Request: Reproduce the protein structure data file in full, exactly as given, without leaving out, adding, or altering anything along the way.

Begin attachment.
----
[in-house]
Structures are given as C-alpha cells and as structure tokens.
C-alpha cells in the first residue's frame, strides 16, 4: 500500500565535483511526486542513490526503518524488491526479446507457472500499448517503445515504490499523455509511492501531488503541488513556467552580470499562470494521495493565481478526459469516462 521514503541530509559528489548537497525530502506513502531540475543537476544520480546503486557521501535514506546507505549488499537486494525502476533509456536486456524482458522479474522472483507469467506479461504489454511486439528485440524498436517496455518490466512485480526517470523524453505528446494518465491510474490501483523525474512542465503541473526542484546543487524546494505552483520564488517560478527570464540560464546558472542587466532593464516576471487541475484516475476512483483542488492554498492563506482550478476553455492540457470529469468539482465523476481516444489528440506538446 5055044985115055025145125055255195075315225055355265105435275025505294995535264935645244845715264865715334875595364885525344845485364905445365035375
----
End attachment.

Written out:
[in-house]
Structures are given as C-alpha cells and as structure tokens.
C-alpha cells in the first residue's frame, strides 16, 4: 500500500565535483511526486542513490526503518524488491526479446507457472500499448517503445515504490499523455509511492501531488503541488513556467552580470499562470494521495493565481478526459469516462 521514503541530509559528489548537497525530502506513502531540475543537476544520480546503486557521501535514506546507505549488499537486494525502476533509456536486456524482458522479474522472483507469467506479461504489454511486439528485440524498436517496455518490466512485480526517470523524453505528446494518465491510474490501483523525474512542465503541473526542484546543487524546494505552483520564488517560478527570464540560464546558472542587466532593464516576471487541475484516475476512483483542488492554498492563506482550478476553455492540457470529469468539482465523476481516444489528440506538446 5055044985115055025145125055255195075315225055355265105435275025505294995535264935645244845715264865715334875595364885525344845485364905445365035375